SHARON, Pa. (WYTV) – Since late November, there have been four incident reports filed — including two arrests — all dealing with people who aren’t from Sharon, yet are living in the city.
Three of those incidents and one of the arrests happened within the last 18 days.
They are inmates living in a Department of Corrections halfway house on W. State Street that continues to cause headaches for city leaders and business owners.
Micahel Lisac owns Warehouse Sales just a block away on Silver Street. He can see the halfway house from his business’ back lot.
Police responded to suspicious activity behind the building Saturday morning.
Surveillance video shows a man squatting down to pick something up from under the dumpster. Moments later, the man blows smoke.
He told police it was sage for a religious ceremony, but police think it’s synthetic marijuana.
“Some of them are there for something minor, doing their time and going home, which is fine,” Lisac said. “Others, we have to watch.”
Warehouse Sales is no stranger to people committing crimes inside the store. In the fall, police arrested Michael Gadd for stealing and huffing a compressed air can.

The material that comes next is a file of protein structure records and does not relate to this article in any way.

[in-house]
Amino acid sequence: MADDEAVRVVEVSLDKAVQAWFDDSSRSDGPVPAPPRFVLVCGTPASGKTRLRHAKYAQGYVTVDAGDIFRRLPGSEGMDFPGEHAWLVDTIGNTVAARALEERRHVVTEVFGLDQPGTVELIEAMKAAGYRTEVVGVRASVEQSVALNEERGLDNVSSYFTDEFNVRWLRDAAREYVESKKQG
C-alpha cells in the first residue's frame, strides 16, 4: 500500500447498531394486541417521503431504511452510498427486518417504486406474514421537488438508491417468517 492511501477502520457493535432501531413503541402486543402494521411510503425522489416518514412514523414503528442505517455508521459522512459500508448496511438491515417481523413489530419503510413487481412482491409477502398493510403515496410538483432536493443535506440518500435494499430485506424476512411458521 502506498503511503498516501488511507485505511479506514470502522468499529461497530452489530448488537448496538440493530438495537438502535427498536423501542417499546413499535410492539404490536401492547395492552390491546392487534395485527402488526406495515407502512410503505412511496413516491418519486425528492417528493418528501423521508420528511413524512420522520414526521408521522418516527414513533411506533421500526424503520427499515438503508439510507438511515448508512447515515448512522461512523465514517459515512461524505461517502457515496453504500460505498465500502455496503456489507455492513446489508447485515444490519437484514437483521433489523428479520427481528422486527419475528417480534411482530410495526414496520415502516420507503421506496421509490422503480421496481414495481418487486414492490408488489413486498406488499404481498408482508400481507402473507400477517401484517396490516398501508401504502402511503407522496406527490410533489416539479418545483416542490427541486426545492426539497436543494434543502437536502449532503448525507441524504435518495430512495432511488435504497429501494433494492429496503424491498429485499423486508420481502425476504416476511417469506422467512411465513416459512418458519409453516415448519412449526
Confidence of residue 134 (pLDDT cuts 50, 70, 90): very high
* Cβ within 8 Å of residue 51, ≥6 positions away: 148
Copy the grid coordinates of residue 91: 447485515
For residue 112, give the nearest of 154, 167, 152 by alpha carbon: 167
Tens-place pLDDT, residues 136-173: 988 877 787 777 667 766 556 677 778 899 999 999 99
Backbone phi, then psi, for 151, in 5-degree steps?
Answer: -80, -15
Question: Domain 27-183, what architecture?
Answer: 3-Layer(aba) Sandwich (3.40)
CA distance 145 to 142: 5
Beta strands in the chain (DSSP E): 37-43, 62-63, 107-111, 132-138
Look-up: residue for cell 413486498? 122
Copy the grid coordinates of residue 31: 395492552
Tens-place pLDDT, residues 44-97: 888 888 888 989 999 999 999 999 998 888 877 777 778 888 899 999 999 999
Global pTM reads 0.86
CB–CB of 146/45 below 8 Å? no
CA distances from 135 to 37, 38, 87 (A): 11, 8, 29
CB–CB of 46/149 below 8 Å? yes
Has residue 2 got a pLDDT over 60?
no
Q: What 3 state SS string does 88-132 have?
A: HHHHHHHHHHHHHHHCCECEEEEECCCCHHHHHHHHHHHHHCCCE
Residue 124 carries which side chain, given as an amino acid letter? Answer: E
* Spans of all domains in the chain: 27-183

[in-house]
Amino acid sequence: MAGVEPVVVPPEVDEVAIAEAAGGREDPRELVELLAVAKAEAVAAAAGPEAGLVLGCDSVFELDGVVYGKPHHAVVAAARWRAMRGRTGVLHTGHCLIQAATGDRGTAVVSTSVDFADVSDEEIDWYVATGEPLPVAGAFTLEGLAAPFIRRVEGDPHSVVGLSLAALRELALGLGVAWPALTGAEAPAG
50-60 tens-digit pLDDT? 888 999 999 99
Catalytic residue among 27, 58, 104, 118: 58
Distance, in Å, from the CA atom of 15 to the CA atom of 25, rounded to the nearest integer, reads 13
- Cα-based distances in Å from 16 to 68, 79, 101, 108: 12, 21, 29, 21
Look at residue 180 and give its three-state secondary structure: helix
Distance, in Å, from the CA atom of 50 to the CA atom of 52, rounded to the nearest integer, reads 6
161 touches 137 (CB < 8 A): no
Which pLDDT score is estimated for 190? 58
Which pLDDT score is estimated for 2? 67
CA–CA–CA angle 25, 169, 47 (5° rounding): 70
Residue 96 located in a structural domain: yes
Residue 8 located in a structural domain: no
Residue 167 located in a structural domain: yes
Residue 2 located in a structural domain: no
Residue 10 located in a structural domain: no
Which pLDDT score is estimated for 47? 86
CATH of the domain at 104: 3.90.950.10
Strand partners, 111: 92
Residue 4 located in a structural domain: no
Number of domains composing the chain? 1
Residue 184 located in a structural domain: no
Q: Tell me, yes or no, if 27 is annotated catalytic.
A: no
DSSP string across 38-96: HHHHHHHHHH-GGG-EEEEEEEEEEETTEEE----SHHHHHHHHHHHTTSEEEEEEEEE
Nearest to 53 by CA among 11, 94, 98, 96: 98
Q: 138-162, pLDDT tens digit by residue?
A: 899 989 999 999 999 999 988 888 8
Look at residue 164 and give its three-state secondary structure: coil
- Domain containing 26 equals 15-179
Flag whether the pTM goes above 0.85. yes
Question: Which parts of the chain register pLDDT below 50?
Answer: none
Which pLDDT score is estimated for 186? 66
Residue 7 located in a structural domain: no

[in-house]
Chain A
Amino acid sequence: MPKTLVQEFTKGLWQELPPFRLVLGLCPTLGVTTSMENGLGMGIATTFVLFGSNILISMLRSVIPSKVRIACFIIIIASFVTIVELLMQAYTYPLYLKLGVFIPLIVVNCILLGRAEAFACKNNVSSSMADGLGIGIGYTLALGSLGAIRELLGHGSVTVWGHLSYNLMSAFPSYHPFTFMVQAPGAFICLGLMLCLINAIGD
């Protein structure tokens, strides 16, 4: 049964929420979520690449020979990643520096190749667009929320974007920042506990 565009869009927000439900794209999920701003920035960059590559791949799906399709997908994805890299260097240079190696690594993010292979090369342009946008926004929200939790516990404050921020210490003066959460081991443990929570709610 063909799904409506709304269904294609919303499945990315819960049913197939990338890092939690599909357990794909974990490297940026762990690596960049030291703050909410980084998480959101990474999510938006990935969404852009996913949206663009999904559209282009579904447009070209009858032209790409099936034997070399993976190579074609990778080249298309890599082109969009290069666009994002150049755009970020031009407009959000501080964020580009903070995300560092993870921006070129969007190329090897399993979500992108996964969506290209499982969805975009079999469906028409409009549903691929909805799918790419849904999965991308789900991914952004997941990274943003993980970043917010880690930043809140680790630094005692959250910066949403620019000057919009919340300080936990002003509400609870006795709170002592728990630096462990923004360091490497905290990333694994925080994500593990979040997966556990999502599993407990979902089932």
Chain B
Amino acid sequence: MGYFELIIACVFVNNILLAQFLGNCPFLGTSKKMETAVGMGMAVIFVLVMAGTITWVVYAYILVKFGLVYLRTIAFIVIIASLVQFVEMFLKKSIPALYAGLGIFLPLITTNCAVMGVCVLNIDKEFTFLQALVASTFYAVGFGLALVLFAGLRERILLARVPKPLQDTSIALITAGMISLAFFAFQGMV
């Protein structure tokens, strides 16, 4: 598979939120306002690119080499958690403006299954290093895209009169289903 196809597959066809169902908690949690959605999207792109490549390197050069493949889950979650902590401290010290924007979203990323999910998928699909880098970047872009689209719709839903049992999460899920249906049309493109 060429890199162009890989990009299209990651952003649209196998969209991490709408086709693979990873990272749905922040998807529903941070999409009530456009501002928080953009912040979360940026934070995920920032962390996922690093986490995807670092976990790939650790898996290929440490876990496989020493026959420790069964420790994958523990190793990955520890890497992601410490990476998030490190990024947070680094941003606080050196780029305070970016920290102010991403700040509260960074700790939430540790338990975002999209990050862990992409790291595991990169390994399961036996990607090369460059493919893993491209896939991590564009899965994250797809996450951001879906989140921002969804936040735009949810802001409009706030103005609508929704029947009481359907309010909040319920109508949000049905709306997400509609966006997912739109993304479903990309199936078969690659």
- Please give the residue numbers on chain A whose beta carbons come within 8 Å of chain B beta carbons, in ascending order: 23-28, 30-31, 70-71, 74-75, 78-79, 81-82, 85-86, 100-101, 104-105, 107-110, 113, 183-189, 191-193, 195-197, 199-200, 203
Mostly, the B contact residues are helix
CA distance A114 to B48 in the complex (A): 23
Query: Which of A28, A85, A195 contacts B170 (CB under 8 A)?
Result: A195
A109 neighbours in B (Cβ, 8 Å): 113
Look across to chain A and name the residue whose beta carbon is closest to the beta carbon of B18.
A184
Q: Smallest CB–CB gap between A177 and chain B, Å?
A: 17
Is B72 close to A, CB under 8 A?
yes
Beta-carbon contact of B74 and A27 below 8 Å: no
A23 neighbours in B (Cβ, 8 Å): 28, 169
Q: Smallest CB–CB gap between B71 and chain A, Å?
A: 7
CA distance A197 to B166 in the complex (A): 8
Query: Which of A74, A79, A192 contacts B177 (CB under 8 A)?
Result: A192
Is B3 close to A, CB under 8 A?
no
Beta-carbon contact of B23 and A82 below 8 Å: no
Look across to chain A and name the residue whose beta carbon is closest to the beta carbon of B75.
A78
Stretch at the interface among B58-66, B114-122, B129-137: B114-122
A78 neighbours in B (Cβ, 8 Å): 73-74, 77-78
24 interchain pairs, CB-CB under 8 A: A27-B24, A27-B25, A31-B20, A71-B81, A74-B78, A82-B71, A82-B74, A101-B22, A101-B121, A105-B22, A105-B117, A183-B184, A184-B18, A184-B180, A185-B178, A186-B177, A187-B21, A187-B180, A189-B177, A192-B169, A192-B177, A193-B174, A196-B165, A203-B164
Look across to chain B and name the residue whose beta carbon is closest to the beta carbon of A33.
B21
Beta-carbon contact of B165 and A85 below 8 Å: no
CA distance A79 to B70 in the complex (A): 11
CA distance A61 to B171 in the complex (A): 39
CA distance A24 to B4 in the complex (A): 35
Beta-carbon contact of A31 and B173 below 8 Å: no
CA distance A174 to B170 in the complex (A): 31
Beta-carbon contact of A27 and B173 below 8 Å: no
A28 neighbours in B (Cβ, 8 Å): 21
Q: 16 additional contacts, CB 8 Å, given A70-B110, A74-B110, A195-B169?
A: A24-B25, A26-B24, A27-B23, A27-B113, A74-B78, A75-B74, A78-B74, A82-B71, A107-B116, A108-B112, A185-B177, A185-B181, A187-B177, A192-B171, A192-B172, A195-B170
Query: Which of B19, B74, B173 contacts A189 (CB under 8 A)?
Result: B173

Earlier this month, police found Jacob Barr passed out from inhaling aerosol inside a McDonald’s restroom. He was charged with public drunkenness.
Just yesterday, Police Chief Gerry Smith watched two men from the corrections facility bury an open pack of cigarettes, plastic bags, and a syringe. He said they aren’t monitored enough.
“The problem is these people are only in there a certain amount of time during the day. They have a curfew. When they return, they’re monitored, but when they’re out in the community, no one is following them around. They don’t have a chaperone.”
The police department is already busy — it responded to 28,000 calls last year. Smith said it’s discouraging to have to deal with crimes committed by people who aren’t even from Sharon.
“It’s frustrating for me to have to take a guy from one focused detail, one focused assignment, and deal with something he really shouldn’t have to deal with.”
Sharon’s city manager said they will continue to try working with the United Way, which owns the building, to look for an alternative use for the halfway house.